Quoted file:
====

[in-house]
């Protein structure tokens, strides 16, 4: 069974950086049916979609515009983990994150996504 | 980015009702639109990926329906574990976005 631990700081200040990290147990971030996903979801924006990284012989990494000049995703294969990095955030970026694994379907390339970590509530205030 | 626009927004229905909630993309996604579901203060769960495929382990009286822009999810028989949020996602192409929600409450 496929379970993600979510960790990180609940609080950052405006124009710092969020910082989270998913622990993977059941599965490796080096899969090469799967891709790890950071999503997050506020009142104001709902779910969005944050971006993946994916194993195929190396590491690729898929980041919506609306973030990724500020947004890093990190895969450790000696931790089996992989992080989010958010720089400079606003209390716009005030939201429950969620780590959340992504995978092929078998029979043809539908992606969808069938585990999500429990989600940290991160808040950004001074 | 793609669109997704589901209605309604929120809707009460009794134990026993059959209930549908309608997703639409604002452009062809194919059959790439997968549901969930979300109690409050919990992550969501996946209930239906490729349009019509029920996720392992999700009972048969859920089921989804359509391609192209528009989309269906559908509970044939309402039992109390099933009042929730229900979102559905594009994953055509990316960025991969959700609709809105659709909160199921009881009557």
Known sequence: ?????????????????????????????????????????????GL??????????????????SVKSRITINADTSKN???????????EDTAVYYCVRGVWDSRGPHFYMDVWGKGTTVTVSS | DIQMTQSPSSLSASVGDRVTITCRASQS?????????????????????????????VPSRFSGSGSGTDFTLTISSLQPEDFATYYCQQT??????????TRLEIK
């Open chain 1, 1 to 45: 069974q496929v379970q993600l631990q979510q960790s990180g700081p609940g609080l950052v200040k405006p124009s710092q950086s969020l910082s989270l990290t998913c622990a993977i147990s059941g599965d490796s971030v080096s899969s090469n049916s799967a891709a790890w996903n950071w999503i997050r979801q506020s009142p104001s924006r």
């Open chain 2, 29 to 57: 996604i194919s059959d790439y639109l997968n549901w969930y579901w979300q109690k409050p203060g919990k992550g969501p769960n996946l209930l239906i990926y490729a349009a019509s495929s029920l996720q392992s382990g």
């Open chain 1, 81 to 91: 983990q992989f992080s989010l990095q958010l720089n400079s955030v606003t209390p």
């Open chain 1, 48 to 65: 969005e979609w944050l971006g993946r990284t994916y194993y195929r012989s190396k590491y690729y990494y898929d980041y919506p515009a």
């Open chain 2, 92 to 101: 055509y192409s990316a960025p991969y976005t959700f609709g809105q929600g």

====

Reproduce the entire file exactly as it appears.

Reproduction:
[in-house]
């Protein structure tokens, strides 16, 4: 069974950086049916979609515009983990994150996504 | 980015009702639109990926329906574990976005 631990700081200040990290147990971030996903979801924006990284012989990494000049995703294969990095955030970026694994379907390339970590509530205030 | 626009927004229905909630993309996604579901203060769960495929382990009286822009999810028989949020996602192409929600409450 496929379970993600979510960790990180609940609080950052405006124009710092969020910082989270998913622990993977059941599965490796080096899969090469799967891709790890950071999503997050506020009142104001709902779910969005944050971006993946994916194993195929190396590491690729898929980041919506609306973030990724500020947004890093990190895969450790000696931790089996992989992080989010958010720089400079606003209390716009005030939201429950969620780590959340992504995978092929078998029979043809539908992606969808069938585990999500429990989600940290991160808040950004001074 | 793609669109997704589901209605309604929120809707009460009794134990026993059959209930549908309608997703639409604002452009062809194919059959790439997968549901969930979300109690409050919990992550969501996946209930239906490729349009019509029920996720392992999700009972048969859920089921989804359509391609192209528009989309269906559908509970044939309402039992109390099933009042929730229900979102559905594009994953055509990316960025991969959700609709809105659709909160199921009881009557």
Known sequence: ?????????????????????????????????????????????GL??????????????????SVKSRITINADTSKN???????????EDTAVYYCVRGVWDSRGPHFYMDVWGKGTTVTVSS | DIQMTQSPSSLSASVGDRVTITCRASQS?????????????????????????????VPSRFSGSGSGTDFTLTISSLQPEDFATYYCQQT??????????TRLEIK
């Open chain 1, 1 to 45: 069974q496929v379970q993600l631990q979510q960790s990180g700081p609940g609080l950052v200040k405006p124009s710092q950086s969020l910082s989270l990290t998913c622990a993977i147990s059941g599965d490796s971030v080096s899969s090469n049916s799967a891709a790890w996903n950071w999503i997050r979801q506020s009142p104001s924006r």
């Open chain 2, 29 to 57: 996604i194919s059959d790439y639109l997968n549901w969930y579901w979300q109690k409050p203060g919990k992550g969501p769960n996946l209930l239906i990926y490729a349009a019509s495929s029920l996720q392992s382990g």
């Open chain 1, 81 to 91: 983990q992989f992080s989010l990095q958010l720089n400079s955030v606003t209390p």
């Open chain 1, 48 to 65: 969005e979609w944050l971006g993946r990284t994916y194993y195929r012989s190396k590491y690729y990494y898929d980041y919506p515009a």
């Open chain 2, 92 to 101: 055509y192409s990316a960025p991969y976005t959700f609709g809105q929600g």